OBJECTIVE: To determine baseline data in relation to the extraction of first permanent molar teeth during nitrous oxide/oxygen inhalation sedation sessions within the hospital dental service. DESIGN: A prospective study. SETTING: The Department of Paediatric Dentistry, Dundee Dental Hospital, NHS Tayside, UK. METHOD: Data were collected over a 12-month period for patients attending for the extraction of first permanent molar teeth using nitrous oxide/oxygen inhalation sedation. RESULTS: Data were available for 133 patients (M: 68; F: 65) with a median age of 11.3 (inter-quartile range 10.0, 12.6) years. Over 80% of cases were treated using a mixture of 30% nitrous oxide and 70% oxygen, with a median sedation time of 30.0 (inter-quartile range 25.0, 40.0) minutes. Overall, 94.0% of cases successfully completed treatment and only 0.75% of cases failed to commence or complete treatment. Regarding each visit, 85.6% and 14.4% of patients underwent single- and multiple-tooth extractions respectively. There were no statistically significant differences between male and female patients, comparing both behaviour (Mann-Whitney U, W = 4,619.9, P = 0.750) and outcome scores (Mann-Whitney U, W = 4,392.5, P = 0.392). CONCLUSION: Extraction of first permanent molar teeth can be successfully achieved using nitrous oxide/oxygen inhalation sedation.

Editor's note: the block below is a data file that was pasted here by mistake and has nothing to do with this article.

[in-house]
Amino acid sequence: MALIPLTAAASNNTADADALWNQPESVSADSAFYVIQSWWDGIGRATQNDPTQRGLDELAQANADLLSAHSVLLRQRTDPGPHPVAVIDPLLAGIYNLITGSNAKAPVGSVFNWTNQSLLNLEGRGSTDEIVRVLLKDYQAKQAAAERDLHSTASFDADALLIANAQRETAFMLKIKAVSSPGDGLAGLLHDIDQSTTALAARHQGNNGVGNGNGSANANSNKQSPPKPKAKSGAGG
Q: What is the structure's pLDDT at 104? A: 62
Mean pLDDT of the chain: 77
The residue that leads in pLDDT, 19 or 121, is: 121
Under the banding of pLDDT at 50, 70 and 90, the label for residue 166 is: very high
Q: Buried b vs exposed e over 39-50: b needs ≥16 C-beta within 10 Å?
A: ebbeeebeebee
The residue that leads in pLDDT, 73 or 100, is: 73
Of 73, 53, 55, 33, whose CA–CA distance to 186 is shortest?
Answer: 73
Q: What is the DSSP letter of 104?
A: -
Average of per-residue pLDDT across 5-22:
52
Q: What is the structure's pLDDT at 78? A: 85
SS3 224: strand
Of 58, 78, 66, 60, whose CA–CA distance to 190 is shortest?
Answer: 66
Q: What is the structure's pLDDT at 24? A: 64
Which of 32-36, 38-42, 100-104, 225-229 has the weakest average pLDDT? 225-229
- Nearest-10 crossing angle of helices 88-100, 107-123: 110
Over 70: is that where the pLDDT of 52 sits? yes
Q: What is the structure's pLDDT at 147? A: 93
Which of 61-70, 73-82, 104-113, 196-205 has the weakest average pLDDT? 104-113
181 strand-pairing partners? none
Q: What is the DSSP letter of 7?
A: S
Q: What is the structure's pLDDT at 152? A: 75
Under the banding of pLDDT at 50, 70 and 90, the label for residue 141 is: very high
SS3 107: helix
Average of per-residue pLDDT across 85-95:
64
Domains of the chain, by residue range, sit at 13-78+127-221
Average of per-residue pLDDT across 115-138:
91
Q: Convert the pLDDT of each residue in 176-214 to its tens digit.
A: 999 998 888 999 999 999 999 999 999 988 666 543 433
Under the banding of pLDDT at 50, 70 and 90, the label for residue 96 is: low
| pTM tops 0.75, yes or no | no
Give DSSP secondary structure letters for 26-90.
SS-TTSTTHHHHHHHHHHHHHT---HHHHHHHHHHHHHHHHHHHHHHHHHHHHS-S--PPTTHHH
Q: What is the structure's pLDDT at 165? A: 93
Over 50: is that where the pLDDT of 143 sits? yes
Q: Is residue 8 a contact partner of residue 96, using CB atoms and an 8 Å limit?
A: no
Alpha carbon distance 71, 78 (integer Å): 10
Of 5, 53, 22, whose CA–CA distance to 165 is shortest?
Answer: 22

|Number of pages||7|
|Publication status||Published - Jan 2007|